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In the following, would there be a temporary object created before const reference is used to a non-const object?

const int y = 2000;
const int &s = y // ok, const reference to const object.

int x = 1000;
const int &r = x; // any temporary copy here?

If no then, how does this work?

   const int z = 3000;
   int &t = z // ok, why can't you do this?
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3 Answers 3

up vote 10 down vote accepted

No.

A reference is simply an alias for an existing object. const is enforced by the compiler; it simply checks that you don't attempt to modify the object through the reference r.* This doesn't require a copy to be created.

Given that const is merely an instruction to the compiler to enforce "read-only", then it should be immediately obvious why your final example doesn't compile. const would be pointless if you could trivially circumvent it by taking a non-const ref to a const object.

* Of course, you are still free to modify the object via x. Any changes will also be visible via r, because they refer to the same object.

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In particular, the value of r can change, even though it is declared const. –  avakar Sep 13 '11 at 18:59
    
Usually, compilers implement the reference with a simple pointer. –  quant_dev Sep 13 '11 at 18:59
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@quant_dev Given OP's sample, the source code that mentions x and source code that mentions r are compiled to identical machine code. No pointers involved (on all compilers I've seen). Not that it's relevant anyway. –  Cubbi Sep 13 '11 at 19:06
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@Cubbi: this all depends on the context, whenever the compiler can just alias the names, it will do so, but if the reference is passed to a function or stored in a type, etc. the compiler must store a reference to the object, and that is usually done with pointers. –  David Rodríguez - dribeas Sep 13 '11 at 19:09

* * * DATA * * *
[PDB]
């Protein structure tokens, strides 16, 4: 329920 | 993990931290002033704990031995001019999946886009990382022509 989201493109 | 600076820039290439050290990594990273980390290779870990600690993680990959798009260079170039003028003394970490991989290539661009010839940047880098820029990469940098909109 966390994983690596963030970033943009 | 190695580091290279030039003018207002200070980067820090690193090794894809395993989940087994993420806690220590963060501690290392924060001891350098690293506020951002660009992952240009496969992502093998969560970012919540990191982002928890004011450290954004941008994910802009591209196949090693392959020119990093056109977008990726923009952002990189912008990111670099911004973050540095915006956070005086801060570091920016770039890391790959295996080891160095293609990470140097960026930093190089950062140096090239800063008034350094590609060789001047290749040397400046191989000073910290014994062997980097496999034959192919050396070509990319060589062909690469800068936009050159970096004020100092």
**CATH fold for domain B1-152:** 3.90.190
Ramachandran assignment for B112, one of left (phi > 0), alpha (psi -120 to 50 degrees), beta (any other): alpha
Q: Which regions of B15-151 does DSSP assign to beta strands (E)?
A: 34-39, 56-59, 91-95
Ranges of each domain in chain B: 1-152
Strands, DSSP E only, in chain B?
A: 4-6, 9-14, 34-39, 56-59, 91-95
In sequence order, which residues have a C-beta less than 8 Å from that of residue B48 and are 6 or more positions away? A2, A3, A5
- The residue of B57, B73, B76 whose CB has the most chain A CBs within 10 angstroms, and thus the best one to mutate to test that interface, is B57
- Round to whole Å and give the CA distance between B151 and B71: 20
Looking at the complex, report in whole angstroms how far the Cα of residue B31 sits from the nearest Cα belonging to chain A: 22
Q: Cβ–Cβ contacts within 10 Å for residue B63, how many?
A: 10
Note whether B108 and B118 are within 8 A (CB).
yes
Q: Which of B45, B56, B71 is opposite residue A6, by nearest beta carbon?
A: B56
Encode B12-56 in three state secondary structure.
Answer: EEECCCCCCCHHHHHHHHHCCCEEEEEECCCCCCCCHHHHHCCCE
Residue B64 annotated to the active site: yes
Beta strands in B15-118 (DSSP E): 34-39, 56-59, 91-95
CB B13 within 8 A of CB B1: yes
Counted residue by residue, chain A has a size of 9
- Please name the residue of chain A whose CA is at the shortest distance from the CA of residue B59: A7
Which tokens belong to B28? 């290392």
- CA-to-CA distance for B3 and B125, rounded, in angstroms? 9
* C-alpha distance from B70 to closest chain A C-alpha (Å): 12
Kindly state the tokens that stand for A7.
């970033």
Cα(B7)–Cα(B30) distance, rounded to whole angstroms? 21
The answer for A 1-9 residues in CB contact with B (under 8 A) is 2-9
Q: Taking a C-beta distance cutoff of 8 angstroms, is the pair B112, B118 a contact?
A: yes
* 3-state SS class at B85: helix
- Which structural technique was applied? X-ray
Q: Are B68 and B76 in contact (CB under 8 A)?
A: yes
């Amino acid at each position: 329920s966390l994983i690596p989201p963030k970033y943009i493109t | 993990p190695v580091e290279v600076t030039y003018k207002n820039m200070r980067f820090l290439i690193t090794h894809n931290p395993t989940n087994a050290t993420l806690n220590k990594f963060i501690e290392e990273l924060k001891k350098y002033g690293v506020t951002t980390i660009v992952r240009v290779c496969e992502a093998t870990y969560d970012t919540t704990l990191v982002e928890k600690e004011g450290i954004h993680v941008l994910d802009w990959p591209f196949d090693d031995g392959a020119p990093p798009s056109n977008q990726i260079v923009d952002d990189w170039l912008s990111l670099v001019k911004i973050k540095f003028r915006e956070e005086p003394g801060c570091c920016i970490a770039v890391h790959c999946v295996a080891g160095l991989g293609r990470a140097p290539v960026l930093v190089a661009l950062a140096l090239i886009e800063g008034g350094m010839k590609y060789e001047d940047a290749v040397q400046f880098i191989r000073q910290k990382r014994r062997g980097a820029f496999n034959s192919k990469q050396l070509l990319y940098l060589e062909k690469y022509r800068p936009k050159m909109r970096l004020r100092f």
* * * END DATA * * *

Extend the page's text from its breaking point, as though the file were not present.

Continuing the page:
In

int x = 1000;
const int &r = x;

the right-hand side is an lvalue and the type of x is the same as the type of the reference (ignoring cv-qualifications). Under these circumstances the reference is attached directly to x, no temporary is created.

As for "how does this work"... I don't understand what prompted your question. It just works in the most straighforward way: the reference is attached directly to x. Nothing more to it.

You can't do

const int z = 3000;
int &t = z;

because it immediately violates the rules of const-correctness.

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+1 for answering both parts –  Lou Sep 13 '11 at 19:13

The understanding on the Reference (&) answers this question..

Reference is just an alias to the variable that it is assigned to it..

And const is a constraint imposed by the compiler to the variable that is declared as const

int x = 1000;
const int &r = x;

In this case, its a const reference to a non const variable. So you cannot change the data of x with reference variable r(just acts a read only).. yet you can still change the data x by modifying x

const int z = 3000;
int &t = z

In this case, non const reference to const member which is meaningless. You are saying reference can allow you to edit a const member(which is never possible)..

So if you want to create a reference for a const member, it has to be like the first case you mentioned

const int z = 3000;
const int &t = z;
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